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Maybe a lot of the downvotes are because the narrator doesn't quite have the same humor as Paul? To me, he comes across as serious and like he doesn't quite understand why he's reading what he's reading, and doesn't quite agree with it. Maybe that makes the viewer not nearly as persuaded--and more likely to be offended--by the video?
 
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I think this subject is controversial in it of itself even tho it’s advocating for people to be less judgemental of others and proposing a better understanding of what “Eco” can mean in a deeper and fun way. But this is good because it starts a conversation, specially if it’s inward. So people will get emotional and those who disagree will initially boo but as I write this the ratio is getting better and better :)

I really hope this one goes viral and reaches as many people as possible because it’s very thought provoking. And a good thing of having these ideas showcased in a linear way  is that it presents an exponential model for growth. No matter where you are in the scale there’s people and specially an Austrian guy who have proven that doing this is possible. Having the hope of being able to get to that level of understanding and impact is very inspirational.
I can’t help myself and smile when I imagine a world where the stats on this scale drastically change and billions of people start to do things in what I too believe is a “better” way.
 
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I'm trying to conserve my expensive bandwidth and didn't make it past Level 6 in the video, but I was really chuckling at that point. Your suggestion of each of us making our own scale is sensible, because what seems valuable and important is subjective (and changeable).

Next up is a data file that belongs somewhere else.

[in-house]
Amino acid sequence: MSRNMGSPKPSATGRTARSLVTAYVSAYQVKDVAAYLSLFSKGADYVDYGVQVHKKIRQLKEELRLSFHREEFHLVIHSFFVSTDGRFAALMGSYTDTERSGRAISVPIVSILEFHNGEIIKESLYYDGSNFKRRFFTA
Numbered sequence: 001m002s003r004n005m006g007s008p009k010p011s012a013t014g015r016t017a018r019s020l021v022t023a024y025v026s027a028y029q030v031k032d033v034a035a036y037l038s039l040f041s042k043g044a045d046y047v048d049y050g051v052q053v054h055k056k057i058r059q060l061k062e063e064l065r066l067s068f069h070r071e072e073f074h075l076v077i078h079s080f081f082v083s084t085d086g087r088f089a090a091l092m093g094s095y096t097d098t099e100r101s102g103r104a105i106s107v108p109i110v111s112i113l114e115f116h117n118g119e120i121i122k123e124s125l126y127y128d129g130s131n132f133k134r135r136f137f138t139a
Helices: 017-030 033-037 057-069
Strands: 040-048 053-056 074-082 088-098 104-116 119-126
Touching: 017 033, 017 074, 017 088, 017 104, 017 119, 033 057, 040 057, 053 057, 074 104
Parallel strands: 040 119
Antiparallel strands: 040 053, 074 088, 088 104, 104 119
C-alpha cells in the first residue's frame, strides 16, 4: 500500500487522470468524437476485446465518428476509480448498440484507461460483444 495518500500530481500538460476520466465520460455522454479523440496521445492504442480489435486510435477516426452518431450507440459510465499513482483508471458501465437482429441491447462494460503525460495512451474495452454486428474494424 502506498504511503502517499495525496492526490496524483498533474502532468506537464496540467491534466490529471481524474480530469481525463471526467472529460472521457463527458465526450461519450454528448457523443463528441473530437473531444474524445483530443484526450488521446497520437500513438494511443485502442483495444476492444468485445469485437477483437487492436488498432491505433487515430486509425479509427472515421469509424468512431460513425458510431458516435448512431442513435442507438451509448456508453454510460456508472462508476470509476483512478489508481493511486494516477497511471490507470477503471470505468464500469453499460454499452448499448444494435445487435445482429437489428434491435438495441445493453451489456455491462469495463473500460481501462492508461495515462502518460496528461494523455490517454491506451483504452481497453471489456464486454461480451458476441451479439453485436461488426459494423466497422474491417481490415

For example, I used to give a lot of weight to organic food. However, although I garden organically, I've learned the significant limitations, even damage, that accompany doing it on the large scale required to feed large populations with relatively few farmers. I also don't want (and poor people can't afford) to pay premium prices for food with no apparent flavour or nutritional superiority, especially produce that's wilted or sporting bad spots, which is not uncommon in the supermarkets in my area.

The "carbon footprint" gauge is another subjective one. Striving to use energy efficiently is supported, I suspect, by most people. But being able to utilize abundant low cost energy allows me to accomplish many tasks that would be impossible or take too long using more primitive methods. (I've tried some of the old-style methods long before "badge bits" were around. 🙄) It seems to me that Permies-type efforts at broad self-sufficiency are greatly aided by utilizing all forms of energy and materials available to us. I'm looking forward to having a completed RMH in my hoophouse this winter to use some of my abundant tree trimmings efficiently, but I'm grateful that I could use an electric heater last winter to confirm the viability of growing veggies through a cold northern winter.

My scale is shorter -- perhaps 6 levels, but the idea has merit. As Andrés wrote, it's thought-provoking.
 
David Wieland
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I'd say the video is well done but has an ideological slant that surprised me. I've learned through research that some of the fashionable "eco" claims are at best dubious and don't deserve the cachet they've been accorded.
 
pollinator
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The idea is that everyone is on a progressive path and judging others or assigning them a number isn't productive.    At least that's what I get from it.   Just got my book copy and it's excellent, implemented 2 new ideas immediately,   2 more are now back on my radar and taking the next research steps.    About to go drop it at our local free library outpost today.